Using dynamic volt-var operation, smart inverters are permitted to operate within a range of power factor values to provide reactive power support. Smart inverters respond to grid conditions and provide reactive support within the acceptable range of power factor values. Fixed power factor entails providing a power factor setting to smart inverters based on identified reactive power needs on a circuit.

Phase 2 recommendations guide utilities on communications with smart inverters. Communications enable utilities to send commands to smart inverters, including signals that can positively impact power quality. Utilities should be able to communicate directly with individual smart inverters, through Facility DER Energy Management Systems (FDERMS), and through Retail Energy Providers/Aggregators/Fleet Operators. Commands sent by utilities to smart inverters can enhance power quality. The commands can be particularly beneficial during grid distress periods. Commands identified by the SIWG include: “Cease to energize control command,” “Return to service control command,” “Limit active power command,” “Set active power level mode function,” and “Suspension of active power restriction.”

The “Monitor Key DER Data” function communicates performance information (smart inverter production or consumption of active and reactive power, phase voltages, and frequency) and operational state information (in-service or not in-service). The performance and operational state information provided by smart inverters enhances the utility’s situational awareness.

California’s smart inverter functions can address power quality concerns as described above. We will continue to follow the activities of the California Public Utilities Commission, SIWG, and utilities on power quality applications of smart inverters.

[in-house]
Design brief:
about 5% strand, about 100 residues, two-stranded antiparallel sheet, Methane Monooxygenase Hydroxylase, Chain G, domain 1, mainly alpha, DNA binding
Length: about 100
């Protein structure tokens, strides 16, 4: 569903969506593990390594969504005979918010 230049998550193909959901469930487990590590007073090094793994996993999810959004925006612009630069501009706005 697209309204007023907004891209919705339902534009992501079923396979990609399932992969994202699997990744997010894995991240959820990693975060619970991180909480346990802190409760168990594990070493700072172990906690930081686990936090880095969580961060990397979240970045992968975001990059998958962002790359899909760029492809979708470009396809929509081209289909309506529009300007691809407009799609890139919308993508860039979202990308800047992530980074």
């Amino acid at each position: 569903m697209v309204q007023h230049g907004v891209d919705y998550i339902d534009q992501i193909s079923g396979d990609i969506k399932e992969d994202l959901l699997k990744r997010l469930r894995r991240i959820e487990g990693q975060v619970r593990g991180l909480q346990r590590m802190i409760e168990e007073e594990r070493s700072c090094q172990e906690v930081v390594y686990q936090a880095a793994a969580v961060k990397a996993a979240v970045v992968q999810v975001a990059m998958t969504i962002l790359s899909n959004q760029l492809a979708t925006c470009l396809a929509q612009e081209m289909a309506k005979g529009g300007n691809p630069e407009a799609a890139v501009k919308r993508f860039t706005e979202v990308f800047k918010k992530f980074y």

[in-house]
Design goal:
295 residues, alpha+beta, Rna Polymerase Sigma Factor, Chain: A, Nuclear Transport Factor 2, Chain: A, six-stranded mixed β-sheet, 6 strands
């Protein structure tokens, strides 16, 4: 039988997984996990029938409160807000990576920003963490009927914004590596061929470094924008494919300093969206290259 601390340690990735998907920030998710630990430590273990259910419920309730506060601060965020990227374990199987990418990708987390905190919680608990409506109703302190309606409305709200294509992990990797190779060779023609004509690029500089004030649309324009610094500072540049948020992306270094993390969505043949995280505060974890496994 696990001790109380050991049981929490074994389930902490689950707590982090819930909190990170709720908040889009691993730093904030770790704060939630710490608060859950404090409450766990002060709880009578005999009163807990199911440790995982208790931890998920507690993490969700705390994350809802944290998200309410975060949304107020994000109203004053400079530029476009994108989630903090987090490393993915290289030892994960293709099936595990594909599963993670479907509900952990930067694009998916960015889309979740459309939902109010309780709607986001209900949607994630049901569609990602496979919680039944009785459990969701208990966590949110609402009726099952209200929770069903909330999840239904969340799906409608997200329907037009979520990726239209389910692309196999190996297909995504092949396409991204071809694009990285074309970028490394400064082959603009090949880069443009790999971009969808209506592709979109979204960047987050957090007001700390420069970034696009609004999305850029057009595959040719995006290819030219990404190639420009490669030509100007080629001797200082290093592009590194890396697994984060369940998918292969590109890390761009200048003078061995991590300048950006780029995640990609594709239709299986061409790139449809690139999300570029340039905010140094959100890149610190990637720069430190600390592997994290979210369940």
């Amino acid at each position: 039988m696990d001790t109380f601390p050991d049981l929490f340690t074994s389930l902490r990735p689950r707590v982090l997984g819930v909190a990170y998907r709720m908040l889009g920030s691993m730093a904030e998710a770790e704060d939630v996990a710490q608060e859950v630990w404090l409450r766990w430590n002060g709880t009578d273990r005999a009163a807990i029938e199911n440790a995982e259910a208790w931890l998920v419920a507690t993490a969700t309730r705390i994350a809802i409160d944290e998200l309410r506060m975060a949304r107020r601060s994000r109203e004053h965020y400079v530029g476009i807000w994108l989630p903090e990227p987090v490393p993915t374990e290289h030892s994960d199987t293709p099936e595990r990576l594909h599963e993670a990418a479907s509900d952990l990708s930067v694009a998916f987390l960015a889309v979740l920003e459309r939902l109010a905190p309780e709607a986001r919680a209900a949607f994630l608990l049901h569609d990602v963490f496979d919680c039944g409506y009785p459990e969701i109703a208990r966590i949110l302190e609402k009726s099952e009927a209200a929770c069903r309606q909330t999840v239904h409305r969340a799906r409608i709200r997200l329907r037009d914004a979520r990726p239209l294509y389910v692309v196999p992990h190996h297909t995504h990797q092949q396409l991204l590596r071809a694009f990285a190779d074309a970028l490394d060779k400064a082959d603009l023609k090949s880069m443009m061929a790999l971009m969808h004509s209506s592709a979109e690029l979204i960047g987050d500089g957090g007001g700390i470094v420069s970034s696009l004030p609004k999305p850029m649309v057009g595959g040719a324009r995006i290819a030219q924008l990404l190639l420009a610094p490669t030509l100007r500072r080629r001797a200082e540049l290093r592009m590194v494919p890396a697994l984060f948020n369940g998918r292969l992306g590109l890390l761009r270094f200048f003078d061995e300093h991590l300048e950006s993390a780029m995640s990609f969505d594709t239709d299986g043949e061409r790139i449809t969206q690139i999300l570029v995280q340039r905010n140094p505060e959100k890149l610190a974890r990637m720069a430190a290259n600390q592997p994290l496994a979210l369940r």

Kay Stefferud

Kay Stefferud, EnerNex Director of Implementation Services, is a TOGAF® 9 certified enterprise architect with over thirty-five years of experience in systems engineering, cyber security, architecture, program management, product development, renewable energy projects, commercial communications devices, software applications, real-time sensor systems, situational awareness and advanced energy resilient systems.

Oluwadamilola (Dami) Soyoye

Oluwadamilola (Dami) Soyoye obtained her M. Sc. In Electrical Engineering from Illinois Institute of Technology, Chicago in 2016. She is excited about innovations in the power and utilities industry, and works with cross-functional teams to develop and articulate the business value of technology-based solutions. She has also worked on DER integration system impact studies in PSS/E and CYME. Dami has developed advanced skills in maintaining computer software and data used to conduct smart grid analyses, vendor product analyses, and use case development, along with the preparation of supporting documentation.